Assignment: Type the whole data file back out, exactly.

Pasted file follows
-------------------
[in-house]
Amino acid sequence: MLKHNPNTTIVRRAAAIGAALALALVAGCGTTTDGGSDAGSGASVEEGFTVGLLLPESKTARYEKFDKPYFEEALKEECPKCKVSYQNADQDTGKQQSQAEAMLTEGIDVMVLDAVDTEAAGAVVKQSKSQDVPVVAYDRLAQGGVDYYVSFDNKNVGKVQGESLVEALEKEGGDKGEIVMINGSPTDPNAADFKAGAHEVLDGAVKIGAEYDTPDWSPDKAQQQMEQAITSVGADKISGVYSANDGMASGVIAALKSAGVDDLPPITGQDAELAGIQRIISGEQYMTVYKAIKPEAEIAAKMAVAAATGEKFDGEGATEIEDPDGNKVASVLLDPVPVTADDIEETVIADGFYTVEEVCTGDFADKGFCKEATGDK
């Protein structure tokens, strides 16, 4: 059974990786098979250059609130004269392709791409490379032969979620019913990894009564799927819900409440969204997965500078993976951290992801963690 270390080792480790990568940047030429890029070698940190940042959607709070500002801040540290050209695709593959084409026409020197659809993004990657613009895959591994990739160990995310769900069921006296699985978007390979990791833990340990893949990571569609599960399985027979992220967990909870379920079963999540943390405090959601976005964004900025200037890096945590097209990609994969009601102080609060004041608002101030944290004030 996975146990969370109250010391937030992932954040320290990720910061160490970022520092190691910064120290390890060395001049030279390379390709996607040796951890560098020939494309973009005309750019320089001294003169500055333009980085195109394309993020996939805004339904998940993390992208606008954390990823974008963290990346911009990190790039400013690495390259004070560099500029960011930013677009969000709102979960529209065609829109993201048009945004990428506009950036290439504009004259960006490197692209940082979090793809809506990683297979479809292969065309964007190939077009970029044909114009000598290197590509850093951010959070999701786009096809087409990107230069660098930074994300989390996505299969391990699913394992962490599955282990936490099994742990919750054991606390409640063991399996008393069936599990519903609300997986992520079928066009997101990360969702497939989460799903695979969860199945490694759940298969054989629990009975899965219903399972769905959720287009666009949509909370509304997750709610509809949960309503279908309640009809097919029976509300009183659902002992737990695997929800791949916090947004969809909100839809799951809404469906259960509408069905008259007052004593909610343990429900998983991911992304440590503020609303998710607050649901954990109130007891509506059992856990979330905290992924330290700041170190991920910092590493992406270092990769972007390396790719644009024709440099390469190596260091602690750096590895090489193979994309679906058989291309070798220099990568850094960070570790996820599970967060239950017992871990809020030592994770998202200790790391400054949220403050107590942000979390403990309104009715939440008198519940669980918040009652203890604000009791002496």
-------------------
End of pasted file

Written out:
[in-house]
Amino acid sequence: MLKHNPNTTIVRRAAAIGAALALALVAGCGTTTDGGSDAGSGASVEEGFTVGLLLPESKTARYEKFDKPYFEEALKEECPKCKVSYQNADQDTGKQQSQAEAMLTEGIDVMVLDAVDTEAAGAVVKQSKSQDVPVVAYDRLAQGGVDYYVSFDNKNVGKVQGESLVEALEKEGGDKGEIVMINGSPTDPNAADFKAGAHEVLDGAVKIGAEYDTPDWSPDKAQQQMEQAITSVGADKISGVYSANDGMASGVIAALKSAGVDDLPPITGQDAELAGIQRIISGEQYMTVYKAIKPEAEIAAKMAVAAATGEKFDGEGATEIEDPDGNKVASVLLDPVPVTADDIEETVIADGFYTVEEVCTGDFADKGFCKEATGDK
């Protein structure tokens, strides 16, 4: 059974990786098979250059609130004269392709791409490379032969979620019913990894009564799927819900409440969204997965500078993976951290992801963690 270390080792480790990568940047030429890029070698940190940042959607709070500002801040540290050209695709593959084409026409020197659809993004990657613009895959591994990739160990995310769900069921006296699985978007390979990791833990340990893949990571569609599960399985027979992220967990909870379920079963999540943390405090959601976005964004900025200037890096945590097209990609994969009601102080609060004041608002101030944290004030 996975146990969370109250010391937030992932954040320290990720910061160490970022520092190691910064120290390890060395001049030279390379390709996607040796951890560098020939494309973009005309750019320089001294003169500055333009980085195109394309993020996939805004339904998940993390992208606008954390990823974008963290990346911009990190790039400013690495390259004070560099500029960011930013677009969000709102979960529209065609829109993201048009945004990428506009950036290439504009004259960006490197692209940082979090793809809506990683297979479809292969065309964007190939077009970029044909114009000598290197590509850093951010959070999701786009096809087409990107230069660098930074994300989390996505299969391990699913394992962490599955282990936490099994742990919750054991606390409640063991399996008393069936599990519903609300997986992520079928066009997101990360969702497939989460799903695979969860199945490694759940298969054989629990009975899965219903399972769905959720287009666009949509909370509304997750709610509809949960309503279908309640009809097919029976509300009183659902002992737990695997929800791949916090947004969809909100839809799951809404469906259960509408069905008259007052004593909610343990429900998983991911992304440590503020609303998710607050649901954990109130007891509506059992856990979330905290992924330290700041170190991920910092590493992406270092990769972007390396790719644009024709440099390469190596260091602690750096590895090489193979994309679906058989291309070798220099990568850094960070570790996820599970967060239950017992871990809020030592994770998202200790790391400054949220403050107590942000979390403990309104009715939440008198519940669980918040009652203890604000009791002496």